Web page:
Throughout the day, administrators dressed as grim reapers walked the hallways. The heart monitor that came over the loudspeaker symbolized a real statistic that every 15 minutes, a student dies from a mental health related accident. When this sound come on the intercom, a grim reaper would walk in to usher a student out of the classroom while a security guard read that student’s obituary written by their parents. These students were predetermined and nominated to participate in Broken Dreams, but they were able to choose whether or not they wanted to volunteer.

The following day, students viewed a funeral in the big gym for the victims of the simulated crash. The event started with a speech by Principal Simmons, followed by the characters who survived the crash having a chance to speak. After these speeches, three men came onstage, a group called Journeyman Ink, specializing in messages of positivity, intended to uplift their audience. One man switched between instruments such as a tenor sax, bongos, and a recorder while the other two men began to chant uplifting phrases, sing, and rap.

“The students planned everything up to until the keynote speakers,” said Thakkar. “We wanted to end the whole thing on Julia’s speech because we felt like it was the most real. You’re not going to have an uplifting ceremony after a funeral. The counselors told us no and said that we had to leave the students with something uplifting. The group was intended to empower students. When they started bursting out in song, I looked at my friends and we were like, ‘what’s going on?’”

“My sister was in the gym during the funeral, and she said that it was clear that it wasn’t part of the funeral anymore,” said senior Abby Tow. “On the live stream that the juniors and seniors watched, we had no idea what was going on.”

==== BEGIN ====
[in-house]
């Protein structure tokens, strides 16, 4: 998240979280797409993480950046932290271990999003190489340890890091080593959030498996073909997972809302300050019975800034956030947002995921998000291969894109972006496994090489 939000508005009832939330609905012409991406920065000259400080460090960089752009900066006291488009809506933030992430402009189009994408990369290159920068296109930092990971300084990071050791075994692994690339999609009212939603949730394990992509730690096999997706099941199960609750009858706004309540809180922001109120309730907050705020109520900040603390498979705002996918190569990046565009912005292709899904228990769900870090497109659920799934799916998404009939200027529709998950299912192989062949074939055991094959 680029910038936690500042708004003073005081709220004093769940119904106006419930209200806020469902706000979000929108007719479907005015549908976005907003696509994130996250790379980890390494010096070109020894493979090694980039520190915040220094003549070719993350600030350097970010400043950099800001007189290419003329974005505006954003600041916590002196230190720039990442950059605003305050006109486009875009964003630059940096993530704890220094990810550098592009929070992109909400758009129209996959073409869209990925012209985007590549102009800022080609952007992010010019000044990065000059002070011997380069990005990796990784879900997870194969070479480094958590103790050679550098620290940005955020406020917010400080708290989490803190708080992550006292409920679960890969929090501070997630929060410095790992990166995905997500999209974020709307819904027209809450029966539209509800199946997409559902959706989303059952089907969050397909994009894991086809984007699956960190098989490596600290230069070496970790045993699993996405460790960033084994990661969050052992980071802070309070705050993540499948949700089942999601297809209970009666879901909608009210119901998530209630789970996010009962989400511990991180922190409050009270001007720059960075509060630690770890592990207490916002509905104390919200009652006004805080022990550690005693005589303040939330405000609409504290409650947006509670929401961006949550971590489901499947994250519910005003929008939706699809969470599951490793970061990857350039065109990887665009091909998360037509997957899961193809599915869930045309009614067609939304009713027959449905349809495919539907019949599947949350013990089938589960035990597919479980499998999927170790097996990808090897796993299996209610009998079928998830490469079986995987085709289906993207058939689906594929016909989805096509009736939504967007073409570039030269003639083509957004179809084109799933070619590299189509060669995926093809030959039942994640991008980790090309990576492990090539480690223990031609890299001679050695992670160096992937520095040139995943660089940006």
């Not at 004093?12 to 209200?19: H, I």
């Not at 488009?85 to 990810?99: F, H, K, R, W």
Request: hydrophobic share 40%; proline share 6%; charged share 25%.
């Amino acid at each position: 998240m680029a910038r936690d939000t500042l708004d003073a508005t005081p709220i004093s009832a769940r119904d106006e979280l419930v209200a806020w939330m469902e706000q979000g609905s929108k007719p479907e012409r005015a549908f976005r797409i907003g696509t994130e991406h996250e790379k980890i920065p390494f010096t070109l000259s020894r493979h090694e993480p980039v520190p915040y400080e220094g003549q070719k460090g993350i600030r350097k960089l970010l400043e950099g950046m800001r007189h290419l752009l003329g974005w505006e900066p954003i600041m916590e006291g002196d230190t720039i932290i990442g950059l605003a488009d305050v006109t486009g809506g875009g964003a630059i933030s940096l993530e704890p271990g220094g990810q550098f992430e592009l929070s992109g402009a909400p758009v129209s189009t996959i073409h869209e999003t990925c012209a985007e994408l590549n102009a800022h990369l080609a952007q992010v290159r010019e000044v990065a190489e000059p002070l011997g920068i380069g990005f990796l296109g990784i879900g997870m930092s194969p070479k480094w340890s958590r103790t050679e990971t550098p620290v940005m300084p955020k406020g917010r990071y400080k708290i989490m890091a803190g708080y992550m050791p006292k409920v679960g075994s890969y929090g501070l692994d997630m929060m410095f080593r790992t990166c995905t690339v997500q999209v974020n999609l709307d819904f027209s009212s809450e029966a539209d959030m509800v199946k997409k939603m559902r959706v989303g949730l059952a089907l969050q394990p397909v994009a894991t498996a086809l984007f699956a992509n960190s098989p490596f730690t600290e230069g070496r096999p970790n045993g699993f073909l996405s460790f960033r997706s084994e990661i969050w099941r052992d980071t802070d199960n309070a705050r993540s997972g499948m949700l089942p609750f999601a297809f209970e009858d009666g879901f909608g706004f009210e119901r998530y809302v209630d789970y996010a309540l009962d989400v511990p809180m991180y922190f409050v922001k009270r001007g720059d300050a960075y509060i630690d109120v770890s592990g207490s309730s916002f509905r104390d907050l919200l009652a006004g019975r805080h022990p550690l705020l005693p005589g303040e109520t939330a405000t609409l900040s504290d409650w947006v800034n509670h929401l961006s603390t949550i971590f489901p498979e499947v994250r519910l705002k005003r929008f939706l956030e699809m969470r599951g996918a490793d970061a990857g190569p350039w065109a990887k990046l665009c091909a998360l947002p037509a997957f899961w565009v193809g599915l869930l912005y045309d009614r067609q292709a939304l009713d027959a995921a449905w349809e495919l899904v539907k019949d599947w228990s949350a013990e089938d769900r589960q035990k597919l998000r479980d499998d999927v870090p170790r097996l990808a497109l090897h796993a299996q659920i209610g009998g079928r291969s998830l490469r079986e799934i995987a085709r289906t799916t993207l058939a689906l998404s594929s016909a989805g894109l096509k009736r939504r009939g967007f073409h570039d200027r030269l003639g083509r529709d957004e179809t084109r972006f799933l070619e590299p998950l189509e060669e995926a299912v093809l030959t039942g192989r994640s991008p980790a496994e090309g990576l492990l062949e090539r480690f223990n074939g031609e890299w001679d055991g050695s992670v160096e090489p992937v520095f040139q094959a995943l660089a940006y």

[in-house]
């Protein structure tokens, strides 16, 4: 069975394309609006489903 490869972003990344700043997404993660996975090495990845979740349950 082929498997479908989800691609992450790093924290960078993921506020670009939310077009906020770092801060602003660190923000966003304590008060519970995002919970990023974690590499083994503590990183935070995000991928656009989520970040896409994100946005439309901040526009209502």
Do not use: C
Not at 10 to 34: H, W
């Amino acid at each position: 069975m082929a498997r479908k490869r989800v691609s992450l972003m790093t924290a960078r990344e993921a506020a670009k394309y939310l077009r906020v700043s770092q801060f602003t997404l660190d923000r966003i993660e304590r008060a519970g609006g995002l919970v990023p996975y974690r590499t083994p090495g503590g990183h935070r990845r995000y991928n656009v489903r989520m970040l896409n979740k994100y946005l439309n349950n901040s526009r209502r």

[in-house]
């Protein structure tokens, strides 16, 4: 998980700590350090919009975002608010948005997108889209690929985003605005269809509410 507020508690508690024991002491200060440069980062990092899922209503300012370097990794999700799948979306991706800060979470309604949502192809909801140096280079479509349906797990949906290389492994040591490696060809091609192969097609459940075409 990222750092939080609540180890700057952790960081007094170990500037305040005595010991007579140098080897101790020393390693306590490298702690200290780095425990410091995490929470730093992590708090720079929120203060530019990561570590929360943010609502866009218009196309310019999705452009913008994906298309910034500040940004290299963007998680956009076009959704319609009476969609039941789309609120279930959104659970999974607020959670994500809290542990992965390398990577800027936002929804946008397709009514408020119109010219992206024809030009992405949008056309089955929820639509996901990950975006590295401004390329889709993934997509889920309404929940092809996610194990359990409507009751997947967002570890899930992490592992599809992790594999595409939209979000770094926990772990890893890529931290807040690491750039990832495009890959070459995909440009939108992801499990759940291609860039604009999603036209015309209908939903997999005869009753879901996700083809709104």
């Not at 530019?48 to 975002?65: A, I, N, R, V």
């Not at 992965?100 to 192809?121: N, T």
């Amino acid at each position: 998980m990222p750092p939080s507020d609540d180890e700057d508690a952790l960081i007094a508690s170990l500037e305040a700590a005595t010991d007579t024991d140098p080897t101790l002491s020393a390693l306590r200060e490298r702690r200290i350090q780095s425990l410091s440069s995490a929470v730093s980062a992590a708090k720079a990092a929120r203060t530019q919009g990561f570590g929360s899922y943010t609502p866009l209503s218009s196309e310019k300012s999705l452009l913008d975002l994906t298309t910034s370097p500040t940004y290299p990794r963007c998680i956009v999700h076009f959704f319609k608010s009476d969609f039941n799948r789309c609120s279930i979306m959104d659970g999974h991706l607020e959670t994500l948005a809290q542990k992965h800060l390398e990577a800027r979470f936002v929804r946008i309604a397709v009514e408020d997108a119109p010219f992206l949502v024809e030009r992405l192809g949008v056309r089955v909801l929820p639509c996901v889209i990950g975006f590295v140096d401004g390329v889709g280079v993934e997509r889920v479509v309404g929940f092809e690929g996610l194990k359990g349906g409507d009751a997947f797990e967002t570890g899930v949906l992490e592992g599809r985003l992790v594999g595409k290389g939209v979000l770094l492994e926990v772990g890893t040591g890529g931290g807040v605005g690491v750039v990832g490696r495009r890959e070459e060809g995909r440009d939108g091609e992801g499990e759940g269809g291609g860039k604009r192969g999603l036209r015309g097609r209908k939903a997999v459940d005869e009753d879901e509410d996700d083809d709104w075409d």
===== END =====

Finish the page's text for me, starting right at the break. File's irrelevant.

What many students were not aware of is that the students involved in the crash simulation and the ones taken out of class went to an overnight retreat instead of going home, attempting to simulate to parents the idea of their child losing their life in an accident.

During the retreat, teachers, counselors, and students bonded and talked about mental health issues. There were activities involving letters written to and from parents, group discussions, and the same group who performed at the funeral also performed for the small group of students.

Retreat participants describe the impact of Journeyman Ink as very uplifting and moving. Their website states their mission “to strengthen social and emotional literacy and create safe spaces for authentic connection that activates joy, compassion, empathy, and engagement with organizations, schools, and communities”. Journeyman Ink spoke at the retreat, and did not use music to convey their message.

“Everyone at the retreat was so involved with the speakers,” Thakker said. “We all could not wait for the next day. But that was an intimate group and the funeral wasn’t. We couldn’t do the partner activities from the retreat with such a large group of people. We thought that the guys would just talk to us but instead they started singing. We were unprepared, literally none of the students knew that was happening.”

“After putting on such an emotional thing that we worked for months on, putting our heart and souls into it, it was frustrating,” Thakker continues. “People forgot about the emotional stuff and would come up to us [STUCO members] asking, ‘what was that?’ Students didn’t have closure over [Broken Dreams]. Everything just ended weirdly.”